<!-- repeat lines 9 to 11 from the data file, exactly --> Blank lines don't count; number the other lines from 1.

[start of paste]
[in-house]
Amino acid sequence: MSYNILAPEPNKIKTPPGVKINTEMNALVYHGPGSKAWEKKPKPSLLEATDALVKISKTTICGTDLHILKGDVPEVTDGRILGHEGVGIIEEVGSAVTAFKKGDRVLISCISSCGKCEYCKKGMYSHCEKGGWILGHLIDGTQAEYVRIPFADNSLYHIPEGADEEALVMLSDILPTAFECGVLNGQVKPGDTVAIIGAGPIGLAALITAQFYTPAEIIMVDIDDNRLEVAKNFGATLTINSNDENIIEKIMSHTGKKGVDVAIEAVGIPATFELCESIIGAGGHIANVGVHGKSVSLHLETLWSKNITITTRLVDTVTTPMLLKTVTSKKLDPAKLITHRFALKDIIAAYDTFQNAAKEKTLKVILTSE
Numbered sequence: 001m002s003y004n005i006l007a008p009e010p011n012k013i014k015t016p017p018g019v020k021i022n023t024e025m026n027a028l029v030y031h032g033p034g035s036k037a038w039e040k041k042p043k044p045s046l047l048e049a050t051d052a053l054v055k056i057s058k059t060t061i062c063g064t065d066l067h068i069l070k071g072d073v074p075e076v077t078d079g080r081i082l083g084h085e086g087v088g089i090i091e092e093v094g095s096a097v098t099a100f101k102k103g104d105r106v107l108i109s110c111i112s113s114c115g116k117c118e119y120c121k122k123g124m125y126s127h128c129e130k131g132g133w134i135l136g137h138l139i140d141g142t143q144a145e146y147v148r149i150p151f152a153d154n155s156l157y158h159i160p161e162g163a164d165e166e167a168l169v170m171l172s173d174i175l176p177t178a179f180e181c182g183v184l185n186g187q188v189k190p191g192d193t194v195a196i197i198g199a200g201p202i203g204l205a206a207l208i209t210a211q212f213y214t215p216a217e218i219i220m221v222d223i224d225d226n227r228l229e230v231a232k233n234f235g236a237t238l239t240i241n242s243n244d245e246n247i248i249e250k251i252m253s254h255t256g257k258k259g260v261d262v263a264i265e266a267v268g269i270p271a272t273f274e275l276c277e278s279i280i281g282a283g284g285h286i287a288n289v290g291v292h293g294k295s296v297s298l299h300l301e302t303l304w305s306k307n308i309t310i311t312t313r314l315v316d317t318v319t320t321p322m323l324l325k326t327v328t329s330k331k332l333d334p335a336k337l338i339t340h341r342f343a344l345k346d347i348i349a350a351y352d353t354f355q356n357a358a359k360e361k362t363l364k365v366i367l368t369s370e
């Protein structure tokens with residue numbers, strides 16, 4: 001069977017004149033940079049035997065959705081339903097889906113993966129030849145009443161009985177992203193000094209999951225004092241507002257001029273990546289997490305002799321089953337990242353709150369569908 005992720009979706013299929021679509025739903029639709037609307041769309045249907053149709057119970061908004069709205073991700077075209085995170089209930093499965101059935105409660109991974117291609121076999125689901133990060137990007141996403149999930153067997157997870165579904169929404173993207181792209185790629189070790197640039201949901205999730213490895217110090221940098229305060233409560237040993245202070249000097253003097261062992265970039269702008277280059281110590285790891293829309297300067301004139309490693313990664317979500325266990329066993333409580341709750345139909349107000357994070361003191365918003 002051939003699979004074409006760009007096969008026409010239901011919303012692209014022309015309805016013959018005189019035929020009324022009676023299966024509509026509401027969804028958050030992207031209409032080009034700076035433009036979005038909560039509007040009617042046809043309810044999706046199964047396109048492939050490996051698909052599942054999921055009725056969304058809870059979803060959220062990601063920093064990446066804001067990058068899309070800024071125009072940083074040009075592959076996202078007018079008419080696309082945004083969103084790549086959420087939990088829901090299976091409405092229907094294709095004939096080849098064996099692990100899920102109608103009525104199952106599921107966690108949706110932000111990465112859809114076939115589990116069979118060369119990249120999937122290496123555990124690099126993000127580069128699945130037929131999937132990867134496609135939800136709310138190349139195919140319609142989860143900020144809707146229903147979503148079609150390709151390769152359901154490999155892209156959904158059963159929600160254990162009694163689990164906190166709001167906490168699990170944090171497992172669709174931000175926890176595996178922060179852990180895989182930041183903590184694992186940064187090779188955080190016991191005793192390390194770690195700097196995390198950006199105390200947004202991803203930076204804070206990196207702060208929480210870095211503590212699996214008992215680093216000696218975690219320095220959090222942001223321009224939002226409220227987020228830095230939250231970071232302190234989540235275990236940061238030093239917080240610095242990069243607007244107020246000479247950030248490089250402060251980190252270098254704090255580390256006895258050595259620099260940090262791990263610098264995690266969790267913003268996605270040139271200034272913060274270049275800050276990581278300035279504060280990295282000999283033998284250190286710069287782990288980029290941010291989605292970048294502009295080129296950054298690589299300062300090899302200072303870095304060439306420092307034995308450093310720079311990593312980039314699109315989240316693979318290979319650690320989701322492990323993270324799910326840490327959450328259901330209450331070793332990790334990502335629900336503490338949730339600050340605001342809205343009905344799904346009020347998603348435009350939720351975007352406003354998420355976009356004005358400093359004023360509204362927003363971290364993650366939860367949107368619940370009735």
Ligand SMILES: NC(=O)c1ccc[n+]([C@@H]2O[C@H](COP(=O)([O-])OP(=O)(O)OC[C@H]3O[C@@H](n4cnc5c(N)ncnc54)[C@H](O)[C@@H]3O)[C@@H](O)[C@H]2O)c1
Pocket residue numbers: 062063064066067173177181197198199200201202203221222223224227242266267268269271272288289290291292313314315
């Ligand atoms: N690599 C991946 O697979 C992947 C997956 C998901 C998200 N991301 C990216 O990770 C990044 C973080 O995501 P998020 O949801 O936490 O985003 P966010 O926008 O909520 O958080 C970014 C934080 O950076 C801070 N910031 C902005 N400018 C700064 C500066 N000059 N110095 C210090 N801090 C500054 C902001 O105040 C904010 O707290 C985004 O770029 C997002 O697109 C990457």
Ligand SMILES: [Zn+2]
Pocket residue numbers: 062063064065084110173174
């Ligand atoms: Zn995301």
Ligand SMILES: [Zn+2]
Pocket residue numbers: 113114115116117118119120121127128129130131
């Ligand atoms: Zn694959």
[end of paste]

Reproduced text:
Pocket residue numbers: 062063064065084110173174
């Ligand atoms: Zn995301």
Ligand SMILES: [Zn+2]